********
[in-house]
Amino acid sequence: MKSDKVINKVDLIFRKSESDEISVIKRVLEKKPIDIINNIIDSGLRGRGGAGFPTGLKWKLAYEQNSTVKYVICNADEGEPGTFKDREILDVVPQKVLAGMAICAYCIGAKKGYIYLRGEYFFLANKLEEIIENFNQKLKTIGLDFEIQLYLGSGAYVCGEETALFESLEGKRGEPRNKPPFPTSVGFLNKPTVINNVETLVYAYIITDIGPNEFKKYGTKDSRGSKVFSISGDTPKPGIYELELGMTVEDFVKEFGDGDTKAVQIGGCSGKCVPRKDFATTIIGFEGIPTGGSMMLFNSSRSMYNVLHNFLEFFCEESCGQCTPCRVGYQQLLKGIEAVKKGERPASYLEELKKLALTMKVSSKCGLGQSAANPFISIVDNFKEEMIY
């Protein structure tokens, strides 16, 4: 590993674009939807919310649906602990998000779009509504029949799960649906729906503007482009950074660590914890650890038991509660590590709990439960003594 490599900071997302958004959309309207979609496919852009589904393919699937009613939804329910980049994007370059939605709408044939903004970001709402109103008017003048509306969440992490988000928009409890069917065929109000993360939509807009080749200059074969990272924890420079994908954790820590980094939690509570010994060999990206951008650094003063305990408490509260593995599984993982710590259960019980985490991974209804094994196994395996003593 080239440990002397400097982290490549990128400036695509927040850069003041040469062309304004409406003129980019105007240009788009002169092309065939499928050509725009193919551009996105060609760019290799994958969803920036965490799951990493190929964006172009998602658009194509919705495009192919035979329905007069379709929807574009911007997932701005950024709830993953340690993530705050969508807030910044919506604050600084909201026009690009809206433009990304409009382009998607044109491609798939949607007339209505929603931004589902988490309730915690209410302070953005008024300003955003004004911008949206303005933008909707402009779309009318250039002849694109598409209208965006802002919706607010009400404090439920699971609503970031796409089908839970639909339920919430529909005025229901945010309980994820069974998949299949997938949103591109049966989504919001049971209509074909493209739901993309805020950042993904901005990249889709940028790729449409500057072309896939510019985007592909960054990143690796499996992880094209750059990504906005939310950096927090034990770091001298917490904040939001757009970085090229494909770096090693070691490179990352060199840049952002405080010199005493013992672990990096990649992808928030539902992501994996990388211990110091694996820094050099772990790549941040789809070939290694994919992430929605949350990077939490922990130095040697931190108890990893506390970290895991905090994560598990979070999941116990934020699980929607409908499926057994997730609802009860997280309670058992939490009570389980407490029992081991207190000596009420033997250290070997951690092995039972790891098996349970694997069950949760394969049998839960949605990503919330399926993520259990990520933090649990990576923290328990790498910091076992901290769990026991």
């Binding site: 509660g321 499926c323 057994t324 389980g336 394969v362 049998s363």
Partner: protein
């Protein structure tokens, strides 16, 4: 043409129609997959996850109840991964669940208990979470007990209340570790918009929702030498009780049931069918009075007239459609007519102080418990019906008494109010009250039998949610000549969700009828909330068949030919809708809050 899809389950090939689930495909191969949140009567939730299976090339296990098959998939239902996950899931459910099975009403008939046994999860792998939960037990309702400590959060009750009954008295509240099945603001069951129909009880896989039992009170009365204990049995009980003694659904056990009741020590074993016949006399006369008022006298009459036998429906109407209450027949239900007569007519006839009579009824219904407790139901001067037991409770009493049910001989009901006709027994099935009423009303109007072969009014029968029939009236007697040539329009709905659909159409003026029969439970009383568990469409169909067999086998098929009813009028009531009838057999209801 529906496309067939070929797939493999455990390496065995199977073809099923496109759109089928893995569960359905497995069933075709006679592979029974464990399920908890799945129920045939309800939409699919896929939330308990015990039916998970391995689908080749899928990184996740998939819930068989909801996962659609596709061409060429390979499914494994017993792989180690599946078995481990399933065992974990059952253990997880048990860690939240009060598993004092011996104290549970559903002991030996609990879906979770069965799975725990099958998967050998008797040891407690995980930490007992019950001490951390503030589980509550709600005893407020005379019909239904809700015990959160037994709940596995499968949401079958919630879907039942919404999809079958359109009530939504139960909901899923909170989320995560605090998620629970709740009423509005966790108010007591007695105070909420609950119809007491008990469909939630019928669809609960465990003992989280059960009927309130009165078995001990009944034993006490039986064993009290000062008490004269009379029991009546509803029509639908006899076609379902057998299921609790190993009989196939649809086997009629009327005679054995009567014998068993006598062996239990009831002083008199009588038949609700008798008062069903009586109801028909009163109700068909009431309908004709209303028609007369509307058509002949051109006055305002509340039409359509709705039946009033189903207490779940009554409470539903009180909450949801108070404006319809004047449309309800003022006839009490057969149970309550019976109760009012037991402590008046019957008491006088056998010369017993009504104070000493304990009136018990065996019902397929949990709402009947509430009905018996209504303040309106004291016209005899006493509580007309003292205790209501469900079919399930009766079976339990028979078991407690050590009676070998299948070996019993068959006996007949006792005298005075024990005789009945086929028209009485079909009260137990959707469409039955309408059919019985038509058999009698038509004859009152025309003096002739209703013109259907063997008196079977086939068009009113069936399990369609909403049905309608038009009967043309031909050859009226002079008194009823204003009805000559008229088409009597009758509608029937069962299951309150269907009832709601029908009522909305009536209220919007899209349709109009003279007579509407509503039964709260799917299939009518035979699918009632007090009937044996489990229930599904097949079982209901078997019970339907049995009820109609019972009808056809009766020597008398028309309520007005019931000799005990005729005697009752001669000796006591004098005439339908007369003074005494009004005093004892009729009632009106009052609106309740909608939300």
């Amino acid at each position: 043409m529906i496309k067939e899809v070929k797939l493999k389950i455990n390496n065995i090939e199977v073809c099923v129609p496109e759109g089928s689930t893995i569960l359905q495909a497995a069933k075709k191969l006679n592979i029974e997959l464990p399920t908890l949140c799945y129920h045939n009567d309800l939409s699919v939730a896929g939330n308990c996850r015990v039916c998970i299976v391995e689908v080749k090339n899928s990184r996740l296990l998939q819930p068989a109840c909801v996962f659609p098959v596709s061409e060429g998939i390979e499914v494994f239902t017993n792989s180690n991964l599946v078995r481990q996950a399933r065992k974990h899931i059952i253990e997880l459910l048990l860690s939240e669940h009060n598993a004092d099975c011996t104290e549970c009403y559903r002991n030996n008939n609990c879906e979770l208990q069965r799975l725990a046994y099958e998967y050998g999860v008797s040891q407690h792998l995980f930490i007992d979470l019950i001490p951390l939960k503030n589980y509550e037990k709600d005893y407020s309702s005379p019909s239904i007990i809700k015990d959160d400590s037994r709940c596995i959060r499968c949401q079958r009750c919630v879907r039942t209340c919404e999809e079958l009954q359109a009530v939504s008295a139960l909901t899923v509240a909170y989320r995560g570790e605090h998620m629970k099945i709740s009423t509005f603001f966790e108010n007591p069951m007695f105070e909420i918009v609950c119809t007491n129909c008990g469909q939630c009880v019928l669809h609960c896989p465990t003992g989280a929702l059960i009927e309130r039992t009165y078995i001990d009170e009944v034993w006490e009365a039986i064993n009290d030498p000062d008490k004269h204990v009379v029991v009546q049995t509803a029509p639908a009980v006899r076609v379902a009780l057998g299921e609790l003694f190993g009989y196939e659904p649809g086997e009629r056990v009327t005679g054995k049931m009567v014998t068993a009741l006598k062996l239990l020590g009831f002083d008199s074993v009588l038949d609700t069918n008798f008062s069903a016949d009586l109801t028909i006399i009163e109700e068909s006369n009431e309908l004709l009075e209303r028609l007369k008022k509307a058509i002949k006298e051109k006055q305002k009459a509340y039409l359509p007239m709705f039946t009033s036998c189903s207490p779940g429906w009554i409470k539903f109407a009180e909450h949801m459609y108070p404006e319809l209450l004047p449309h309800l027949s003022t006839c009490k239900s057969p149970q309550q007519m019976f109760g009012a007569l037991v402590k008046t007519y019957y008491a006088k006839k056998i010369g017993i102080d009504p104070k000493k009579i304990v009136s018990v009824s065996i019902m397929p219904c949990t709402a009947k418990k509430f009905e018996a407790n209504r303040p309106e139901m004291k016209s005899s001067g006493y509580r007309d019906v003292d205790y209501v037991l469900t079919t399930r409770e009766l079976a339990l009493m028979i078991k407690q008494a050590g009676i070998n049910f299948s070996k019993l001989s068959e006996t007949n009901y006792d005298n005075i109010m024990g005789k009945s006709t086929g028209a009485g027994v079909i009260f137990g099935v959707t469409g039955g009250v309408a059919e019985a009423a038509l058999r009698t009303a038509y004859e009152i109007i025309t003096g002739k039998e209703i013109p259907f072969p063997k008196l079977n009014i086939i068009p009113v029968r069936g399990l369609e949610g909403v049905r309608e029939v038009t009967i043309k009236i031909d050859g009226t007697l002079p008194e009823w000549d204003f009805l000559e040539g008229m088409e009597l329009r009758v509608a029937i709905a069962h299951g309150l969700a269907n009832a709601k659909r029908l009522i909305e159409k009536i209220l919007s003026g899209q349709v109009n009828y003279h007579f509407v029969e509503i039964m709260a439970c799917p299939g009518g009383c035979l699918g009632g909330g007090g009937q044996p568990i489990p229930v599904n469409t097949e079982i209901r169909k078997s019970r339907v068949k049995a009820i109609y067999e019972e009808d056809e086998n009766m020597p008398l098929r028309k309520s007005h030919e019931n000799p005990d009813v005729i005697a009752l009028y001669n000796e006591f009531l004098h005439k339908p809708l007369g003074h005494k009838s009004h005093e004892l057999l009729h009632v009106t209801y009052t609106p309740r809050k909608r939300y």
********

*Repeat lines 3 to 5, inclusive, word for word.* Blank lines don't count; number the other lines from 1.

């Protein structure tokens, strides 16, 4: 590993674009939807919310649906602990998000779009509504029949799960649906729906503007482009950074660590914890650890038991509660590590709990439960003594 490599900071997302958004959309309207979609496919852009589904393919699937009613939804329910980049994007370059939605709408044939903004970001709402109103008017003048509306969440992490988000928009409890069917065929109000993360939509807009080749200059074969990272924890420079994908954790820590980094939690509570010994060999990206951008650094003063305990408490509260593995599984993982710590259960019980985490991974209804094994196994395996003593 080239440990002397400097982290490549990128400036695509927040850069003041040469062309304004409406003129980019105007240009788009002169092309065939499928050509725009193919551009996105060609760019290799994958969803920036965490799951990493190929964006172009998602658009194509919705495009192919035979329905007069379709929807574009911007997932701005950024709830993953340690993530705050969508807030910044919506604050600084909201026009690009809206433009990304409009382009998607044109491609798939949607007339209505929603931004589902988490309730915690209410302070953005008024300003955003004004911008949206303005933008909707402009779309009318250039002849694109598409209208965006802002919706607010009400404090439920699971609503970031796409089908839970639909339920919430529909005025229901945010309980994820069974998949299949997938949103591109049966989504919001049971209509074909493209739901993309805020950042993904901005990249889709940028790729449409500057072309896939510019985007592909960054990143690796499996992880094209750059990504906005939310950096927090034990770091001298917490904040939001757009970085090229494909770096090693070691490179990352060199840049952002405080010199005493013992672990990096990649992808928030539902992501994996990388211990110091694996820094050099772990790549941040789809070939290694994919992430929605949350990077939490922990130095040697931190108890990893506390970290895991905090994560598990979070999941116990934020699980929607409908499926057994997730609802009860997280309670058992939490009570389980407490029992081991207190000596009420033997250290070997951690092995039972790891098996349970694997069950949760394969049998839960949605990503919330399926993520259990990520933090649990990576923290328990790498910091076992901290769990026991």
């Binding site: 509660g321 499926c323 057994t324 389980g336 394969v362 049998s363």
Partner: protein